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pone-0114649-g006: Antioxidant enzymes in soleus muscle.(A) Representative western blot showing protein levels of MnSOD, Cu/ZnSOD, GCS and GPx1 extracted from soleus muscle. (B–E) Bars represent the relative protein quantification of MnSOD (B), Cu/ZnSOD (C), GCS (D) and GPx1 (E) normalized to GAPDH. In (B–E), data are presented as the mean ± SEM. †p<0.05 compared with the sedentary group. *p<0.05 compared with the control group of sedentary or EE.

Mentions: Antioxidant enzymes, including MnSOD, Cu/ZnSOD, GCS and GPx, were evaluated in muscle as shown in Fig. 6. Muscle MnSOD and Cu/ZnSOD were unaffected by EE-challenge (Figs. 6A–6C). MnSOD protein levels in both sedentary and EE-challenged rats were significantly decreased below saline control levels with 120 mg/kg DS treatment (Figs. 6A and 6B). No significant effects of DS on Cu/ZnSOD protein levels were observed (Figs. 6A and 6C). In non-exercise control rats, muscle GCS protein levels were increased with DS treatment in a dose-dependent manner relative to the saline control (Figs. 6A and 6D). Among saline-control rats, EE-challenge resulted in a significant increase in GCS protein levels over sedentary control levels. However, this increase was attenuated in a dose-dependent manner by DS treatment. Only low a dose of DS treatment resulted in increased muscle GPx (Fig. 6E). No effect on GPx was observed with EE-challenge.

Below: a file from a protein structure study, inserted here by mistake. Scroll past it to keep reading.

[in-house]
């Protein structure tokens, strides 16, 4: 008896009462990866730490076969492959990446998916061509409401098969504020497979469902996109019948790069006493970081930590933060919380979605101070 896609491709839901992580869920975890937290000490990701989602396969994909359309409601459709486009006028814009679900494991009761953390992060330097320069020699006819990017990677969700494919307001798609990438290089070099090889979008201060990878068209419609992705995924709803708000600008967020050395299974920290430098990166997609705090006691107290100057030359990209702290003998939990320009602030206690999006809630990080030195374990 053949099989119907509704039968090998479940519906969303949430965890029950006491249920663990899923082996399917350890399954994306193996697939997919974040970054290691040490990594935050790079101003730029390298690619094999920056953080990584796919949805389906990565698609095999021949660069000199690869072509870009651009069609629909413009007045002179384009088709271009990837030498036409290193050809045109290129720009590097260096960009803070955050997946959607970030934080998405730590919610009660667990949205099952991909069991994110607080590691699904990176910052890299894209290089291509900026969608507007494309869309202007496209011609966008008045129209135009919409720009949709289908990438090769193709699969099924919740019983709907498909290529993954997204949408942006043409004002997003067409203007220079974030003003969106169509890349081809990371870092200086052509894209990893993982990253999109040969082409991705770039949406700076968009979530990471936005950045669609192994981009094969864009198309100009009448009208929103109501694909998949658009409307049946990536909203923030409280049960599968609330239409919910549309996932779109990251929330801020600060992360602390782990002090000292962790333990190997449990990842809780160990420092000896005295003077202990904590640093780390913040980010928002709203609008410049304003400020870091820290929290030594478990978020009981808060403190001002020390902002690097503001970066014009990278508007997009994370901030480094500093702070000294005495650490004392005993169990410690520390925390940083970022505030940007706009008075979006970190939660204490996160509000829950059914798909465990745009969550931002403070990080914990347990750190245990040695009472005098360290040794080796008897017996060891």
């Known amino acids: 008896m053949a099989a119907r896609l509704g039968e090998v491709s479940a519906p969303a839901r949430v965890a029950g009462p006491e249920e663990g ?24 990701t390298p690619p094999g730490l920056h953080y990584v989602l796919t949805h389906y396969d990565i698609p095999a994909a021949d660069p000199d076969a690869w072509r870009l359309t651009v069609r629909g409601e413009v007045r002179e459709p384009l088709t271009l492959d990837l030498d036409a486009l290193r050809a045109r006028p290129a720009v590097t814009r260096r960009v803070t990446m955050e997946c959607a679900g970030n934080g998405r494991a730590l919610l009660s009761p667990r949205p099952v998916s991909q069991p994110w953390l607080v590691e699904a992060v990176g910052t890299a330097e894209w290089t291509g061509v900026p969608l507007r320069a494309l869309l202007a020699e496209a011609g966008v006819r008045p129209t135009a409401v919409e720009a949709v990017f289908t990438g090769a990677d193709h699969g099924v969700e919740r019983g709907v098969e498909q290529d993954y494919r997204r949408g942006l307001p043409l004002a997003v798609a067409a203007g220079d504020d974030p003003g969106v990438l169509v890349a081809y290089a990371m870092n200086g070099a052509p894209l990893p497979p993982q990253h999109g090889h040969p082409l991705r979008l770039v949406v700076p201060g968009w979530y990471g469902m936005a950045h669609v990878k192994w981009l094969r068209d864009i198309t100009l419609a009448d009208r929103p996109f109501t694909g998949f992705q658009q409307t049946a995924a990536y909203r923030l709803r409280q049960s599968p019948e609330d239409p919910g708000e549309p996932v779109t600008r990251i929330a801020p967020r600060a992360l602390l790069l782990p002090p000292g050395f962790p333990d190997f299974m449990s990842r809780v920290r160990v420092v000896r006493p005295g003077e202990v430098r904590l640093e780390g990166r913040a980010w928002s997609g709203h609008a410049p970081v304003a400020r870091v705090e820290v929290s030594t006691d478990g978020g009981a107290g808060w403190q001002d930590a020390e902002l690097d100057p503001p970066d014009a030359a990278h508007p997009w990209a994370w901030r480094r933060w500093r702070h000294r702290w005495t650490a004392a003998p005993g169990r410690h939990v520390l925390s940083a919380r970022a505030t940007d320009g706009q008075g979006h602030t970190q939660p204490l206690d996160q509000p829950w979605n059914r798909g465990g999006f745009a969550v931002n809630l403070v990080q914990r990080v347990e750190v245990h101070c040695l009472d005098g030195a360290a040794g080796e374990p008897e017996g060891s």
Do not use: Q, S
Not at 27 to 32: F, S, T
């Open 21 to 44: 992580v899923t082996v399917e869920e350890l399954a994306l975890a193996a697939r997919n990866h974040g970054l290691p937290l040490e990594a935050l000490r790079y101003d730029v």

Decreased eccentric exercise-induced macrophage infiltration in skeletal muscle after supplementation with a class of ginseng-derived steroids.

Yu SH, Huang CY, Lee SD, Hsu MF, Wang RY, Kao CL, Kuo CH - PLoS ONE (2014)

Antioxidant enzymes in soleus muscle.(A) Representative western blot showing protein levels of MnSOD, Cu/ZnSOD, GCS and GPx1 extracted from soleus muscle. (B–E) Bars represent the relative protein quantification of MnSOD (B), Cu/ZnSOD (C), GCS (D) and GPx1 (E) normalized to GAPDH. In (B–E), data are presented as the mean ± SEM. †p<0.05 compared with the sedentary group. *p<0.05 compared with the control group of sedentary or EE.
© Copyright Policy
Related In: Results  -  Collection

License
Show All Figures
getmorefigures.php?uid=PMC4263678&req=5

pone-0114649-g006: Antioxidant enzymes in soleus muscle.(A) Representative western blot showing protein levels of MnSOD, Cu/ZnSOD, GCS and GPx1 extracted from soleus muscle. (B–E) Bars represent the relative protein quantification of MnSOD (B), Cu/ZnSOD (C), GCS (D) and GPx1 (E) normalized to GAPDH. In (B–E), data are presented as the mean ± SEM. †p<0.05 compared with the sedentary group. *p<0.05 compared with the control group of sedentary or EE.